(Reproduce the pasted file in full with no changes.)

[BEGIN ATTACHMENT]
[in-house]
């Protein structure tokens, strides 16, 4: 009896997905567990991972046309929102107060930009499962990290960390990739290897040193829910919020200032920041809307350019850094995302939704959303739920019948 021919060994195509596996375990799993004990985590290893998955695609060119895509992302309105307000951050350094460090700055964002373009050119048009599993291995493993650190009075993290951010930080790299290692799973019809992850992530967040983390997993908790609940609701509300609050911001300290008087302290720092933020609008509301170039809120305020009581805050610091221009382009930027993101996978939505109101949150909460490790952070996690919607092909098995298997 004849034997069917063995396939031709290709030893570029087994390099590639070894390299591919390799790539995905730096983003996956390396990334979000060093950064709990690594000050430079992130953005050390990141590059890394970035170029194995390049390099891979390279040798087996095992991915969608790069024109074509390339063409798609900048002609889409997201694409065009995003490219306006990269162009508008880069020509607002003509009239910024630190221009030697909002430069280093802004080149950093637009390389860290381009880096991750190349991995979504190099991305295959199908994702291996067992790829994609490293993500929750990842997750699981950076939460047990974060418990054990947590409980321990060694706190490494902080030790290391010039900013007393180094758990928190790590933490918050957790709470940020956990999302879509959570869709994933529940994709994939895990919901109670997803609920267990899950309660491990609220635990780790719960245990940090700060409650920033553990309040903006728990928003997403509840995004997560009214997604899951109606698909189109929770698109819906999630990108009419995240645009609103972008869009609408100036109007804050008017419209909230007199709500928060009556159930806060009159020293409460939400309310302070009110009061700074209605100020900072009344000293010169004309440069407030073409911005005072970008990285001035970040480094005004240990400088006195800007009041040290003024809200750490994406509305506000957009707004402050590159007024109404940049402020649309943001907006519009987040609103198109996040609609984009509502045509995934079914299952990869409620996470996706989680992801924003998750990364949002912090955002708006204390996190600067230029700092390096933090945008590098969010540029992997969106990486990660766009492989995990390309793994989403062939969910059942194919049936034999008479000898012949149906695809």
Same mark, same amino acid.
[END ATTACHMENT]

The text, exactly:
[in-house]
């Protein structure tokens, strides 16, 4: 009896997905567990991972046309929102107060930009499962990290960390990739290897040193829910919020200032920041809307350019850094995302939704959303739920019948 021919060994195509596996375990799993004990985590290893998955695609060119895509992302309105307000951050350094460090700055964002373009050119048009599993291995493993650190009075993290951010930080790299290692799973019809992850992530967040983390997993908790609940609701509300609050911001300290008087302290720092933020609008509301170039809120305020009581805050610091221009382009930027993101996978939505109101949150909460490790952070996690919607092909098995298997 004849034997069917063995396939031709290709030893570029087994390099590639070894390299591919390799790539995905730096983003996956390396990334979000060093950064709990690594000050430079992130953005050390990141590059890394970035170029194995390049390099891979390279040798087996095992991915969608790069024109074509390339063409798609900048002609889409997201694409065009995003490219306006990269162009508008880069020509607002003509009239910024630190221009030697909002430069280093802004080149950093637009390389860290381009880096991750190349991995979504190099991305295959199908994702291996067992790829994609490293993500929750990842997750699981950076939460047990974060418990054990947590409980321990060694706190490494902080030790290391010039900013007393180094758990928190790590933490918050957790709470940020956990999302879509959570869709994933529940994709994939895990919901109670997803609920267990899950309660491990609220635990780790719960245990940090700060409650920033553990309040903006728990928003997403509840995004997560009214997604899951109606698909189109929770698109819906999630990108009419995240645009609103972008869009609408100036109007804050008017419209909230007199709500928060009556159930806060009159020293409460939400309310302070009110009061700074209605100020900072009344000293010169004309440069407030073409911005005072970008990285001035970040480094005004240990400088006195800007009041040290003024809200750490994406509305506000957009707004402050590159007024109404940049402020649309943001907006519009987040609103198109996040609609984009509502045509995934079914299952990869409620996470996706989680992801924003998750990364949002912090955002708006204390996190600067230029700092390096933090945008590098969010540029992997969106990486990660766009492989995990390309793994989403062939969910059942194919049936034999008479000898012949149906695809």
Same mark, same amino acid.